RMK-12: Incentives for EVs in Malaysia to be reviewed – to promote local production and customer purchase

The 12th Malaysia Plan (RMK-12) announced by prime minister Datuk Seri Ismail Sabri Yaakob for 2021 until 2025 has stated details on the Malaysian government’s direction for the next five-year period, including intiatives for the enhancement of green mobility initiatives.

Usage of green vehicles, which operate with reduced air pollution and greenhouse gas emissions as well as with improved energy efficiency, will be promoted by the government in order to drive user transition to green mobility. To this end, the government will review the incentives provided to manufacturers based in the country for the production of these vehicles, as well as their purchase by customers.

In May this year, Malaysia Automotive, Robotics and IoT Institute (MARii) CEO Datuk Madani Sahari said that the Malaysian government will look into further customised incentives for manufacturers based on their level of commitment, on top of fixed incentives that will benefit both end users and the industry.

For car buyers, the range of proposed benefits are to include zero-rated import and excise duties and sales tax for electric vehicles, as well as zero road tax for limited run of CBU (fully imported) vehicles.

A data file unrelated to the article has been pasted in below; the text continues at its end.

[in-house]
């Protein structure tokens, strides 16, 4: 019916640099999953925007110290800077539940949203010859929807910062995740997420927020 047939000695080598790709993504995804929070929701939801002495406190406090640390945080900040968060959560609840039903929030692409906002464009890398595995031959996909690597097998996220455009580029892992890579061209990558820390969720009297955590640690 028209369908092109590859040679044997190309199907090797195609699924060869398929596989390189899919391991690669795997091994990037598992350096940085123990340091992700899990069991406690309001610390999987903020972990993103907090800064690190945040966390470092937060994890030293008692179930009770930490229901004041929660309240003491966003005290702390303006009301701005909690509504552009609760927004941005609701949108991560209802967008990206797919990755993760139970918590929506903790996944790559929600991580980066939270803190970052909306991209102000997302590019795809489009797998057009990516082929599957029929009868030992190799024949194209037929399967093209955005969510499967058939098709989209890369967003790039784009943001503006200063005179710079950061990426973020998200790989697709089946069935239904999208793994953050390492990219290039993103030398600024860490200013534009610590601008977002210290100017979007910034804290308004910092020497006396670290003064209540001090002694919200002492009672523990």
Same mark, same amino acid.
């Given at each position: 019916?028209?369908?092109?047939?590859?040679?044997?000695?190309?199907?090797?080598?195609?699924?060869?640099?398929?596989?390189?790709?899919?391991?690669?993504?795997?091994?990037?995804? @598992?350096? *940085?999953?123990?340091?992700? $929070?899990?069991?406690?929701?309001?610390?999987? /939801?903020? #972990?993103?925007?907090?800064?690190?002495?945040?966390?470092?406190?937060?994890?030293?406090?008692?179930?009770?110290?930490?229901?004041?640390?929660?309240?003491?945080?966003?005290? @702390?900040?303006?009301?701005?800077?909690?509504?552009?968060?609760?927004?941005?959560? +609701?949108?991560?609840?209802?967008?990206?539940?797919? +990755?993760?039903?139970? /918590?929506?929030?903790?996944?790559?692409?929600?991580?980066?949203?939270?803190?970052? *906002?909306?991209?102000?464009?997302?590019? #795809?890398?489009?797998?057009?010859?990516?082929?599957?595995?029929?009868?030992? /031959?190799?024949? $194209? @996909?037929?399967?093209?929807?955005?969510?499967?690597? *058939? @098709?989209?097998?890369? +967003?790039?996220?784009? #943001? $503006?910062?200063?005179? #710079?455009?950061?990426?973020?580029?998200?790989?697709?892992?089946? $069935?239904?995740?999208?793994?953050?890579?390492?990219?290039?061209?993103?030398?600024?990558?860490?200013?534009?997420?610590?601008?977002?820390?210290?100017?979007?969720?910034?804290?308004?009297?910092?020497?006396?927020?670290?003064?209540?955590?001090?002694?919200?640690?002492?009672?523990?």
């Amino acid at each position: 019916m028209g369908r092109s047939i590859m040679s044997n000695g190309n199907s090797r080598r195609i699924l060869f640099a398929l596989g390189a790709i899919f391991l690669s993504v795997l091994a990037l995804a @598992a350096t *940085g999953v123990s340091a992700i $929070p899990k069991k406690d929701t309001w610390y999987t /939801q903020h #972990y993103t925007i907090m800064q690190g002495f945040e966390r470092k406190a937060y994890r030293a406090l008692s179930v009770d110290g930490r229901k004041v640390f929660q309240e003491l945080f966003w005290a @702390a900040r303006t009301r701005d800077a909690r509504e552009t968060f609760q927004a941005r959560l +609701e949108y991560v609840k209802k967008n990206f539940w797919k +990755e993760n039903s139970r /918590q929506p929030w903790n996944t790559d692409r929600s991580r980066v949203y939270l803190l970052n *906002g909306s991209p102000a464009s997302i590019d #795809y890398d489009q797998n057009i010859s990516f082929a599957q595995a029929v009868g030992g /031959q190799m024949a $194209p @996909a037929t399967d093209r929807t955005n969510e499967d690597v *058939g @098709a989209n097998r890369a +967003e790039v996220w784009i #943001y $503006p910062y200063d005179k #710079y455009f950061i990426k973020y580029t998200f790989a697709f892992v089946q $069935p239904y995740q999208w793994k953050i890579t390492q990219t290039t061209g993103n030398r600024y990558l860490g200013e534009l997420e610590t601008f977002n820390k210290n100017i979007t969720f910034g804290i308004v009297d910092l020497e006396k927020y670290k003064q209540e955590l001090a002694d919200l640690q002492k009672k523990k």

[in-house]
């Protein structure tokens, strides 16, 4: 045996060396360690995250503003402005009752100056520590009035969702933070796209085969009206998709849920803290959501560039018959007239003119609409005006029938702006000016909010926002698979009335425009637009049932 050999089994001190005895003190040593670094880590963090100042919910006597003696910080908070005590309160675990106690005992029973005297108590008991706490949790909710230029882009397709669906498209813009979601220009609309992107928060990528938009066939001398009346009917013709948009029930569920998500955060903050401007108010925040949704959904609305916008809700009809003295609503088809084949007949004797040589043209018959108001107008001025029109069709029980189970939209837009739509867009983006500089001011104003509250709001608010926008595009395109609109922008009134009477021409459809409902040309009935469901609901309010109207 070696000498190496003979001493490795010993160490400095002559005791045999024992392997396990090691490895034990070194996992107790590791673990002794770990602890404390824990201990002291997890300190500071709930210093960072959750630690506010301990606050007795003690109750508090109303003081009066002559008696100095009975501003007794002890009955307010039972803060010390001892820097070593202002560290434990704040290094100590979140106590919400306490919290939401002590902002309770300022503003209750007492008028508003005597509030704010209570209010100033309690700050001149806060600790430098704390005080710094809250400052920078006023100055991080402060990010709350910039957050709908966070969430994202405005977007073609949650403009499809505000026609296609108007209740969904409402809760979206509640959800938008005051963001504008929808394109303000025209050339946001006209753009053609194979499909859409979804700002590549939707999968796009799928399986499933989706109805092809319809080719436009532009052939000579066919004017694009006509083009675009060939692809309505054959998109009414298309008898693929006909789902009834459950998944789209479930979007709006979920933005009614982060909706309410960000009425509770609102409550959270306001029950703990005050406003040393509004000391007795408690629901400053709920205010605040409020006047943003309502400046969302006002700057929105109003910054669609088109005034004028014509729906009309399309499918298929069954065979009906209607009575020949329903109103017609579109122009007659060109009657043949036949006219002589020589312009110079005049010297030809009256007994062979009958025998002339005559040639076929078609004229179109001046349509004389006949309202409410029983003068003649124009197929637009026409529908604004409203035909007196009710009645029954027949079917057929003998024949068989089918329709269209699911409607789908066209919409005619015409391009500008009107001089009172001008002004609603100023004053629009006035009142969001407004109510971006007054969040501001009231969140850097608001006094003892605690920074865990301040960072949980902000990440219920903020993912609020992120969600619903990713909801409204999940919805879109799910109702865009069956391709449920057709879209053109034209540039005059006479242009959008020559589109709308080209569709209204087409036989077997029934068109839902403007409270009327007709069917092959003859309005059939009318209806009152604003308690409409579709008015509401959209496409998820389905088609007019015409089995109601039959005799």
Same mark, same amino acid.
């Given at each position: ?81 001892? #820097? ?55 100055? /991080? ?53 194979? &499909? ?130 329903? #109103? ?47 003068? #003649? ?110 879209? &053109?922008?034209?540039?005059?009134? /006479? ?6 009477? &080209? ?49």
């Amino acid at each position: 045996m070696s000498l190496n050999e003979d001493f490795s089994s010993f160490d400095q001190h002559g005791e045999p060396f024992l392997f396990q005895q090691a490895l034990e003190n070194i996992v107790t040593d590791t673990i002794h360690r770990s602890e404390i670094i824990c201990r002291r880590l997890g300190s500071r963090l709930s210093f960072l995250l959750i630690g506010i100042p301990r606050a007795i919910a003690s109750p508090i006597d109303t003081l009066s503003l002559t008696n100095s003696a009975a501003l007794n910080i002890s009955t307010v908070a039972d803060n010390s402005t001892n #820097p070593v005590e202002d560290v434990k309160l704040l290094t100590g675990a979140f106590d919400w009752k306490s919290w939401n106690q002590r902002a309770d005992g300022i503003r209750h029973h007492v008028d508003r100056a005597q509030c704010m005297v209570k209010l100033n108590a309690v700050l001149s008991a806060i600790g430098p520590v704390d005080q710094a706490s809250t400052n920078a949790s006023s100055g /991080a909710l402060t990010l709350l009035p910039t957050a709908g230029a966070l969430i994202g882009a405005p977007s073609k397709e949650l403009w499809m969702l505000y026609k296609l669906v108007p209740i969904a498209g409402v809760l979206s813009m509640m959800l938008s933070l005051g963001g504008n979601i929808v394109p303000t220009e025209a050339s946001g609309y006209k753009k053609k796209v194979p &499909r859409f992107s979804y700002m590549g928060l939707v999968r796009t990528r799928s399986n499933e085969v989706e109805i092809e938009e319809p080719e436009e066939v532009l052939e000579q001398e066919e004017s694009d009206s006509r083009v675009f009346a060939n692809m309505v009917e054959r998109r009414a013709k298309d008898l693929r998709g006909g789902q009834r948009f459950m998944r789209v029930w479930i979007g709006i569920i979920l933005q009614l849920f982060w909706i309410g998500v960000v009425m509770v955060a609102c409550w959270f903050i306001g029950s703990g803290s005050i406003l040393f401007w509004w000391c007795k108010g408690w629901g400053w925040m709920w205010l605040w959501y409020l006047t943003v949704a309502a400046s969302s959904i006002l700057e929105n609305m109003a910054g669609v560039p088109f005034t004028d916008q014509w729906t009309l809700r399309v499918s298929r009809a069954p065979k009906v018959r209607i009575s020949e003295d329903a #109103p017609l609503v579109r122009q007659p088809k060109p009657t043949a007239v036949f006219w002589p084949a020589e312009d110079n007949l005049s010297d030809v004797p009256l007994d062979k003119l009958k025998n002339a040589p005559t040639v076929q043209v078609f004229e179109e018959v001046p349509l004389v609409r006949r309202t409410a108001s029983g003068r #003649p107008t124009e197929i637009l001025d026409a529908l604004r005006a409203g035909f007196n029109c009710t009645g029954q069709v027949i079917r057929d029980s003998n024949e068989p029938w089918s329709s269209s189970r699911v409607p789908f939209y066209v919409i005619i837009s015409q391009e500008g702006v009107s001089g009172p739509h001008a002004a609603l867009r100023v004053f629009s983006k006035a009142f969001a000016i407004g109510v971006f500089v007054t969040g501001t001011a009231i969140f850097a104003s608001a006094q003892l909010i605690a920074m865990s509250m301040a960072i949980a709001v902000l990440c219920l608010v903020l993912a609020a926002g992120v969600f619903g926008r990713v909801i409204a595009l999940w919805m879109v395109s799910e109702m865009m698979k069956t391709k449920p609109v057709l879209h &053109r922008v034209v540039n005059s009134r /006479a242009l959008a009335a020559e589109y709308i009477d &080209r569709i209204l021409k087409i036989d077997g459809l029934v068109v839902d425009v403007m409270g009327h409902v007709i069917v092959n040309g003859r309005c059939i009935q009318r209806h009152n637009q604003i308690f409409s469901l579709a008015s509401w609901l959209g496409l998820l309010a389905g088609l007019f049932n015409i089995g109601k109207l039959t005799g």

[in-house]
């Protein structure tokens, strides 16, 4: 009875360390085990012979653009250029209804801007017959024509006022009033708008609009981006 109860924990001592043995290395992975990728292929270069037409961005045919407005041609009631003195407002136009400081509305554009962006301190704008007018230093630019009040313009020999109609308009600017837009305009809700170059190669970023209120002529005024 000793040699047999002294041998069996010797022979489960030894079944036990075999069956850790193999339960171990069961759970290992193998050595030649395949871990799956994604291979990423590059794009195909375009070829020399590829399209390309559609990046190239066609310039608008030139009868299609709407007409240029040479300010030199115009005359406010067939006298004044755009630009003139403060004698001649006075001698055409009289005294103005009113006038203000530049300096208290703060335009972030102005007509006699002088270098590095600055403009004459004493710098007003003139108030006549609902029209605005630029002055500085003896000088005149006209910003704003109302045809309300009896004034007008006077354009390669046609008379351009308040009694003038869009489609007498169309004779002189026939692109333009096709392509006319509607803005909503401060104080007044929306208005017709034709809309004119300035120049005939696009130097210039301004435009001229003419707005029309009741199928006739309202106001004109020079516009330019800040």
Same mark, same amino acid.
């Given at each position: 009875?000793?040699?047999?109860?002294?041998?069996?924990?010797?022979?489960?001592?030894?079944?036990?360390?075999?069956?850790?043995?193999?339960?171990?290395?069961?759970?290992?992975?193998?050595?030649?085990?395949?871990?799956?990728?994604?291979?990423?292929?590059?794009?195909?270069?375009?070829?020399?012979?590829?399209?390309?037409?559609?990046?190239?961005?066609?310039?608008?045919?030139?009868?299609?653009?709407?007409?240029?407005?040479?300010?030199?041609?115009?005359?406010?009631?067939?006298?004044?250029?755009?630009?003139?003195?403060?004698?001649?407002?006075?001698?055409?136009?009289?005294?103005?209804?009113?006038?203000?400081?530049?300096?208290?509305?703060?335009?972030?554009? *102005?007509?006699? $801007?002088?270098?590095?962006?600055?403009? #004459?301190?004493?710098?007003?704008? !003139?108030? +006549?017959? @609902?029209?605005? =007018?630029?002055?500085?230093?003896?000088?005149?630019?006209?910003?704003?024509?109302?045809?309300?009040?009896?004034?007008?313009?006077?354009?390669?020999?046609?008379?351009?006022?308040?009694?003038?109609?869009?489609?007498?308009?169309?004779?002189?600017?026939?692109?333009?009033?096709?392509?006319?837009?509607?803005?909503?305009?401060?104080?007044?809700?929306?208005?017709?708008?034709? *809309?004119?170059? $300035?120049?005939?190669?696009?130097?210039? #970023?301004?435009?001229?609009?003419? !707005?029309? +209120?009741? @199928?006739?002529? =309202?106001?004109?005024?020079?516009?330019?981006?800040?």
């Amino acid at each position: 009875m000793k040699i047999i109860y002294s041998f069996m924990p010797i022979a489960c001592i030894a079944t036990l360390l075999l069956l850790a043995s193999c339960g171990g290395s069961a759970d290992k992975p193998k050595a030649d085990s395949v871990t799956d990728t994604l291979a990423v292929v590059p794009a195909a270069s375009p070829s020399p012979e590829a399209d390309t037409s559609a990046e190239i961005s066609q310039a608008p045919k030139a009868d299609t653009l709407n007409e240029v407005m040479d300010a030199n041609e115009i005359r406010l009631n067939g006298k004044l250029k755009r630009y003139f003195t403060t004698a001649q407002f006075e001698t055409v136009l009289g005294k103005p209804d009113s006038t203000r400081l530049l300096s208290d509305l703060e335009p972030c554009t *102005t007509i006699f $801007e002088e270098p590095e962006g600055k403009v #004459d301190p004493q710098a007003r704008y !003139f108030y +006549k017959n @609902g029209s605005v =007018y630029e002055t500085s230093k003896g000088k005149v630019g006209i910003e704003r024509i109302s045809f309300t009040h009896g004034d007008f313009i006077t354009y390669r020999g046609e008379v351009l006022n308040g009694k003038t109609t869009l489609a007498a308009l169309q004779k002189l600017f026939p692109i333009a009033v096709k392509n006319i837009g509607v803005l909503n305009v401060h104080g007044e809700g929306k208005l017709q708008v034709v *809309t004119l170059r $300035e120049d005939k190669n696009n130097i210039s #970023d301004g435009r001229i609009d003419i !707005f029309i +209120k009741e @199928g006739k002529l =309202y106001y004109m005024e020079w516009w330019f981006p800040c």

The voluntary MARii EEV labelling scheme was first applied to the 2020 Proton X70 CKD

The private sector will also be encouraged to invest in driving the advancement of next-generation vehicles, technologies and supporting infrastructure, such as energy-efficient vehicles, hydrogen and battery-electric vehicles as well as charging stations, according to the document.

Additionally, the private sector will also be encouraged to adopt the practice of green labelling for next-generation vehicles and technologies, the document wrote for the 12th Malaysia Plan.

Taken as read, this would be a version of the labelling that currently exists in the form of the MARii EEV label that was first sighted on the 2020 Proton X70 CKD. This included a QR code that leads to a list of the car’s key specifications, including model designation, fuel consumption CO3 emissions and top speed.

The labelling scheme itself was first introduced in March 2018 at the launch of the National Emissions Test Centre (NETC), in line with Malaysia’s commitment to reducing carbon emissions by 45% by 2030 as outlined under the Paris Agreement.

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